A vaccine and a treatment
First the treatment.
It's a protein called "interferon beta", which the body produces naturally when infected with a virus. It's used for antivirus treatment via injection. Synairgen (founded by three professors from the University of Southampton) are offering this drug SNG001 - it's inhaled into the lungs of a patient using a nebuliser. I've used a nebuliser, it's a very simple thing to use. You just breathe in through this mouth tube which has droplets. The one I used was plain water, but this treatment includes the drug, which gets straight to the lungs.
So in a randomised double-blind (meaning that neither the patients nor the doctor knows who got the drug and who got the placebo) trial of 100 hospitalised volunteers and 120 home patients, half got the drug, half got a placebo. It cut the odds of the patient developing severe symptoms by 79%. And patients were two or three times as likely to recover to the point of being normal again. Also, the time needed in hospital was cut from nine to six days.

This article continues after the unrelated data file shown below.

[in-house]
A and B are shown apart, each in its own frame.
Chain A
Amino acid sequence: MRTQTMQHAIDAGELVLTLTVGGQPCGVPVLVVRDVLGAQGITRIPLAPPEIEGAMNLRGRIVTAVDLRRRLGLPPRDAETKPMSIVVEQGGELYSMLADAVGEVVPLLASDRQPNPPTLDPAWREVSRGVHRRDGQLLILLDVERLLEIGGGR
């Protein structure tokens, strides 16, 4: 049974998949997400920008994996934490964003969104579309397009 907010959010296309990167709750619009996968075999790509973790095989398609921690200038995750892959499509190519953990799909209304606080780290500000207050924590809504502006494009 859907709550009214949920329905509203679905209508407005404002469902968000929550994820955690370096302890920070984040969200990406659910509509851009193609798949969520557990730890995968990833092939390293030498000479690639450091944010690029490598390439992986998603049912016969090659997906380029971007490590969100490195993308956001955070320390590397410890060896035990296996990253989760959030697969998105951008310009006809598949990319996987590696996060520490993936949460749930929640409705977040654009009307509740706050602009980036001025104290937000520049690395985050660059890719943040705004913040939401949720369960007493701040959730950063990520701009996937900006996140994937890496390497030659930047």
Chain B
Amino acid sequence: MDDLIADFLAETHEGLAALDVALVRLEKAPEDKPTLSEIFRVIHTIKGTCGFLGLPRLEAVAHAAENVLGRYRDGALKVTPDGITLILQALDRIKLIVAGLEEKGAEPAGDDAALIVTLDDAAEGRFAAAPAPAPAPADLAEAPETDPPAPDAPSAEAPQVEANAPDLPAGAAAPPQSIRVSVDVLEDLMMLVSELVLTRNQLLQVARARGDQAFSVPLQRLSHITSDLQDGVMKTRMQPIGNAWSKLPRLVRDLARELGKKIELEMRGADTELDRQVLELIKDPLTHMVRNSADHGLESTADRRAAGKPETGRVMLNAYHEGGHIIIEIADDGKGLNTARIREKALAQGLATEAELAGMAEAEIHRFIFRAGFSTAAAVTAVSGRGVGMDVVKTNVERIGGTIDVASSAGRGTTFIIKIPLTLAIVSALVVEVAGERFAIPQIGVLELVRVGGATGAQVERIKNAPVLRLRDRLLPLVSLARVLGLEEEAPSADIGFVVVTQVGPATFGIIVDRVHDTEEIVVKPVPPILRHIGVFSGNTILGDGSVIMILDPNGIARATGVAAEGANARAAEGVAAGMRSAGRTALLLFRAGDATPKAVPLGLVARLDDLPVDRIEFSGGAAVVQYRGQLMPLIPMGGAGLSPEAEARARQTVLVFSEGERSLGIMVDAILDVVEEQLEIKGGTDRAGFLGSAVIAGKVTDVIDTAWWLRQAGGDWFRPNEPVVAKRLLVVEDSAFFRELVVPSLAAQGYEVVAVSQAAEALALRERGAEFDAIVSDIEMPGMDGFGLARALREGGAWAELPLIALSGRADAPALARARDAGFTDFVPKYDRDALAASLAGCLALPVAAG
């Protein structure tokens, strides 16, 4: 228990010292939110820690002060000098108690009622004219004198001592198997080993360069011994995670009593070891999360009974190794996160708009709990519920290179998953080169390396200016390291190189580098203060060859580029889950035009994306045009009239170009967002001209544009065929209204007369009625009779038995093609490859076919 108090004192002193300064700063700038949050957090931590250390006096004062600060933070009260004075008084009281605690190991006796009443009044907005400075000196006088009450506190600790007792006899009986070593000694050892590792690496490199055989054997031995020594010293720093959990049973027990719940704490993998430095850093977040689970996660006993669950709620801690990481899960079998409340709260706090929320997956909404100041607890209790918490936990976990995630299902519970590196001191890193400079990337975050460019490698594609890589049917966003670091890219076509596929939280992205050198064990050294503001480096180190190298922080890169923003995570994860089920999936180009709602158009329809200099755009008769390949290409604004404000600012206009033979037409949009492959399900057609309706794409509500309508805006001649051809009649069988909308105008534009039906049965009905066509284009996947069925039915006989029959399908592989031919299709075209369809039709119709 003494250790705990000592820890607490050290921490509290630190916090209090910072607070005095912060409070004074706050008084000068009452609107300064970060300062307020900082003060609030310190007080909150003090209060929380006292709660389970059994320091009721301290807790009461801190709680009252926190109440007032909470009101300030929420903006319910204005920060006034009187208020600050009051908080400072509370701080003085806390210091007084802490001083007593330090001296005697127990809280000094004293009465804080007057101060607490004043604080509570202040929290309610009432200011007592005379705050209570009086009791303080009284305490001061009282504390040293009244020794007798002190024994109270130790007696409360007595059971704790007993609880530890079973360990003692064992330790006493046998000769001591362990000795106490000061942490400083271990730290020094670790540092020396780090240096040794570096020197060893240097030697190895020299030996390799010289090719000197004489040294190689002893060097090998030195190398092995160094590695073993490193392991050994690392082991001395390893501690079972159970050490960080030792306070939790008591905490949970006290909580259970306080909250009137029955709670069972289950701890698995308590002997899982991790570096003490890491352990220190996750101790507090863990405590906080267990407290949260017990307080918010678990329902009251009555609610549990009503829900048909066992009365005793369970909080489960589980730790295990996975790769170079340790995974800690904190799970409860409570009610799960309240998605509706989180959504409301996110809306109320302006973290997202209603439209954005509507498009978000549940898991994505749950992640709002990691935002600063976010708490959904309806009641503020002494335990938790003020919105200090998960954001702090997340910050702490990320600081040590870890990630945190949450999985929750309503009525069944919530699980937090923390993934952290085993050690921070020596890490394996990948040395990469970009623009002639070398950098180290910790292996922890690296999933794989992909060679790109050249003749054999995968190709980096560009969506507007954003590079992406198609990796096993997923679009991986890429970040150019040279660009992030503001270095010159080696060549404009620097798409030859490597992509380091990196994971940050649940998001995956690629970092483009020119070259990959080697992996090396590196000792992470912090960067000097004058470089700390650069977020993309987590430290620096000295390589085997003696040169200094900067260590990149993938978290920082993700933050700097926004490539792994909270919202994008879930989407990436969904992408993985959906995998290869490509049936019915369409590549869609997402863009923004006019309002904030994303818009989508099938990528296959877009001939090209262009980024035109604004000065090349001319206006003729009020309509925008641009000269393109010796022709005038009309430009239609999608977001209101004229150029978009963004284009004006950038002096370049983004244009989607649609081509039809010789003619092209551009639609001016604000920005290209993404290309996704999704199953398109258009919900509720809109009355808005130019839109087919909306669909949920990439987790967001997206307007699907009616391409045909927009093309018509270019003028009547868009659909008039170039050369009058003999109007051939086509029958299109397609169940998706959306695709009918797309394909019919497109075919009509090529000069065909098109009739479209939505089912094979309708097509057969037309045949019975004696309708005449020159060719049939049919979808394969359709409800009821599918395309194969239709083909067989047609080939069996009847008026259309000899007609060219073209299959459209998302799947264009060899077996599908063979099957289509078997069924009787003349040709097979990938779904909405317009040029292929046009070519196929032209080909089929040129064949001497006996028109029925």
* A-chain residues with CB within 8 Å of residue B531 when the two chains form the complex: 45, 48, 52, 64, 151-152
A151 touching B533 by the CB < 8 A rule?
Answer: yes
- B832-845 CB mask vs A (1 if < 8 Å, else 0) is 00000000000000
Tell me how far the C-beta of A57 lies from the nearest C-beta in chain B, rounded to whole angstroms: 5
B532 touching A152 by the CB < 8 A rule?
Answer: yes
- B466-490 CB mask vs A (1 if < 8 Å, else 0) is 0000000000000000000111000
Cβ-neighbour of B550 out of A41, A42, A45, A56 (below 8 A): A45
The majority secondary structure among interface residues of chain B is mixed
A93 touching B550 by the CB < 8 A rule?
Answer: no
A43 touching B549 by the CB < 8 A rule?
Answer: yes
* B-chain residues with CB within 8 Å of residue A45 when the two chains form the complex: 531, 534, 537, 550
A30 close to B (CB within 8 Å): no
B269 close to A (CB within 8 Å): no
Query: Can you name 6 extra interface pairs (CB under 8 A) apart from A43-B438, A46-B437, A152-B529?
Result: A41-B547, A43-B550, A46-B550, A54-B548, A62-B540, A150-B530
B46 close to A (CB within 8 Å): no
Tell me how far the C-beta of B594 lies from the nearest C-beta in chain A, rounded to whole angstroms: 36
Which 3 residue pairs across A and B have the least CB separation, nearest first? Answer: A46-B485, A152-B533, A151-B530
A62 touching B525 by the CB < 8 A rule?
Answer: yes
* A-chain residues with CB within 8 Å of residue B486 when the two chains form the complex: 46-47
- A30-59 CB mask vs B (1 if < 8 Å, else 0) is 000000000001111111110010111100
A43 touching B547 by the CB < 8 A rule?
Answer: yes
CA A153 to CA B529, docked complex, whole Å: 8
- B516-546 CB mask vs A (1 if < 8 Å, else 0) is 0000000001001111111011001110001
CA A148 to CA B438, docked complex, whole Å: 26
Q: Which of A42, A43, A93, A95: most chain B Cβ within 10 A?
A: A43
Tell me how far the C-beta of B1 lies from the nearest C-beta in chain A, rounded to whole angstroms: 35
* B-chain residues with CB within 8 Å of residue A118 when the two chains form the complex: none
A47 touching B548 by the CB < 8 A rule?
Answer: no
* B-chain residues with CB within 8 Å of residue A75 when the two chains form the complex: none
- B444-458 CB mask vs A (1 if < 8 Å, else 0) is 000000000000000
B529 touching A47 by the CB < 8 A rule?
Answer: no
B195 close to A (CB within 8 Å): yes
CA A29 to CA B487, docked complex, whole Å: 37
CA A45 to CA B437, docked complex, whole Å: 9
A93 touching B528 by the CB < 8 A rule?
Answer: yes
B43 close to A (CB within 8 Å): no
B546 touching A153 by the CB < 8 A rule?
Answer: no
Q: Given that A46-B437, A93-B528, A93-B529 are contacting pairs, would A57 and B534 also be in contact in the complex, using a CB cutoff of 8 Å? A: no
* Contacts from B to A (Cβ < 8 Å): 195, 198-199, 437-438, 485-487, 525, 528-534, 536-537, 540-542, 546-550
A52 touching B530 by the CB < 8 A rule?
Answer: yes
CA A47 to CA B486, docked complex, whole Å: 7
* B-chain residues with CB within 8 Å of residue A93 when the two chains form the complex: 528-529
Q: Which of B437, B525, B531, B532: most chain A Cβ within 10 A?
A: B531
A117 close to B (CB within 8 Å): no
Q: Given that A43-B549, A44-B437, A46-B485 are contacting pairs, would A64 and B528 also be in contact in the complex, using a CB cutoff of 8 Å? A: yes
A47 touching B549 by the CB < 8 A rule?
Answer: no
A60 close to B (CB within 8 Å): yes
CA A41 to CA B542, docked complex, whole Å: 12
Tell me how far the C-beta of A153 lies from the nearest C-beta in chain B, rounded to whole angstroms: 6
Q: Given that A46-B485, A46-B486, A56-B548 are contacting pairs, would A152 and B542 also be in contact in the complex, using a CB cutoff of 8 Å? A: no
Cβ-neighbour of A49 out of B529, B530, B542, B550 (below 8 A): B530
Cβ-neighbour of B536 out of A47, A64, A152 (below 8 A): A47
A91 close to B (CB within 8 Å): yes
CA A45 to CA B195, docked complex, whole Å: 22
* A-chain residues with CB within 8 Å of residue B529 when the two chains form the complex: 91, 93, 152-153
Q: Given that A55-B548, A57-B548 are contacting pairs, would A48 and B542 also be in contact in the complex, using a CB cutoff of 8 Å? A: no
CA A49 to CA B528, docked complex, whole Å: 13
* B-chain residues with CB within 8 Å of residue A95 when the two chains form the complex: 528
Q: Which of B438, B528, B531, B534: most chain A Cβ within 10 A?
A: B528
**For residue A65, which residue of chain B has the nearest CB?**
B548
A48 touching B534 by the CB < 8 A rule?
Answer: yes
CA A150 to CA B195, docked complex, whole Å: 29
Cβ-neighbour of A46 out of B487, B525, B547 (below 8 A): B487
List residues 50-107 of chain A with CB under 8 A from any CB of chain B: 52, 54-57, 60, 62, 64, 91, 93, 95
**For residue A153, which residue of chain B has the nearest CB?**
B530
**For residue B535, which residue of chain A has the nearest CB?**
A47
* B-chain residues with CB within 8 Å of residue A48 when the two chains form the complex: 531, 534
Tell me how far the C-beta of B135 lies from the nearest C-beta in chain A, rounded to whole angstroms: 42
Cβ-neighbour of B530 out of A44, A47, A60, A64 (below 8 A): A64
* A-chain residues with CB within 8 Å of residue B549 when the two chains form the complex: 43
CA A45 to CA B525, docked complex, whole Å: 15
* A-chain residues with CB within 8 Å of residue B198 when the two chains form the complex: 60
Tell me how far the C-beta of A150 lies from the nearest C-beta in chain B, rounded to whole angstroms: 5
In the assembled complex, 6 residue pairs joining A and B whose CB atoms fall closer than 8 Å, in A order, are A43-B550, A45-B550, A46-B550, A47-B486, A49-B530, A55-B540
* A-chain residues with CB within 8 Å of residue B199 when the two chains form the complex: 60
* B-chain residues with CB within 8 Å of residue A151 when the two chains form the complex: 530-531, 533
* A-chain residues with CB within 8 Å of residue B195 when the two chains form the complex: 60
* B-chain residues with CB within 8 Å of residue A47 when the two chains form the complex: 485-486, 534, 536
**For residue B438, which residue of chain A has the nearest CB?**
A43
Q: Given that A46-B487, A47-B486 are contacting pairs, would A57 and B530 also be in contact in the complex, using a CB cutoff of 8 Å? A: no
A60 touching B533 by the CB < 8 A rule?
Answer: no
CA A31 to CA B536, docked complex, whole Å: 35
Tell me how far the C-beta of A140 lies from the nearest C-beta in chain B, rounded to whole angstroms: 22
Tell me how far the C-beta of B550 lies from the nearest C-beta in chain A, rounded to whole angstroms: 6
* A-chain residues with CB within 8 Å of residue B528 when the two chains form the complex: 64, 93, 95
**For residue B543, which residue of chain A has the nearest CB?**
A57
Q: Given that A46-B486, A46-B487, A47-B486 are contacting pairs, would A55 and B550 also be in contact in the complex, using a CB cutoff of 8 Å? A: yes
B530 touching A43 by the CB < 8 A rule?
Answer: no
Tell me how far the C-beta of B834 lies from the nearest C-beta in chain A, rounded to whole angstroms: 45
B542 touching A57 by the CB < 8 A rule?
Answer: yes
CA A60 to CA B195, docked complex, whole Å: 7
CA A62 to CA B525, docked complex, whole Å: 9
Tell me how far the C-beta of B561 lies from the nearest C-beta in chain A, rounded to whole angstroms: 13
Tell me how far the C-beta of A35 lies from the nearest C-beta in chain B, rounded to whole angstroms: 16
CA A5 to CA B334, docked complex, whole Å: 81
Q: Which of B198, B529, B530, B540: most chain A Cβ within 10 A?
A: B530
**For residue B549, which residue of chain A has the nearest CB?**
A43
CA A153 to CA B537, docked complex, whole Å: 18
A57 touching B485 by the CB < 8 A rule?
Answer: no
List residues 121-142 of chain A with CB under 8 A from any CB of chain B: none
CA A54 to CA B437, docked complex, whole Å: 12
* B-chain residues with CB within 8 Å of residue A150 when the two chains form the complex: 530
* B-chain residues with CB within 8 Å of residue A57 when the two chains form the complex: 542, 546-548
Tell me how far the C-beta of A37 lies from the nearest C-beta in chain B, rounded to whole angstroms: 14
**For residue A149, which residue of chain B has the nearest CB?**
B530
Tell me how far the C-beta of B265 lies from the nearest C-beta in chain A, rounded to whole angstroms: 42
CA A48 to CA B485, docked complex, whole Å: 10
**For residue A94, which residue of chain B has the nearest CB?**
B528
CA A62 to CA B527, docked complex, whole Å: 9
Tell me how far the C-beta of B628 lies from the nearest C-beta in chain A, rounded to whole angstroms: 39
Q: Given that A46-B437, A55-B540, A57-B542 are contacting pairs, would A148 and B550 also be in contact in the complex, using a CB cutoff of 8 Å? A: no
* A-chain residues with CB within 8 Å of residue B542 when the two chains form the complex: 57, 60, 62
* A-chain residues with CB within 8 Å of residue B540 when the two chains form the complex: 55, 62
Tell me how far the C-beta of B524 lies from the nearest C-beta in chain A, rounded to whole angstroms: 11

Three subjects died after being randomised to placebo. There were no deaths among subjects treated with SNG001.
Synairgen will be able to produce hundreds of thousands of doses per month by winter.
The full results have not yet been published, and peer review has not yet happened.
And a vaccine
The Oxford University vaccine is still looking good. In phase one and two, on 1077 healthy adults, there were usually minor symptoms such as fatigue, headache, and local tenderness, but paracetamol was enough to handle them.There were no major problems.
Neutralising antibodies were generated in more than 90% of participants up to 56 days of observation. T-cell responses were induced in all participants.
The phase three trials are ongoing in the UK, South Africa and Brasil; in South Africa and Brasil the epidemic has become very heavy, with 13k and 40k new cases per day.
The UK has dibs on 100 million doses of the vaccine; in a population of 68 million, that should be enough! But 25% of people say that they might refuse to be vaccinated.
Some advice to our politicians - set a good example and be the first to take the vaccine. Unless you have a valid medical reason not to take it. That one demonstration of national leadership would improve the acceptance of the vaccine enormously.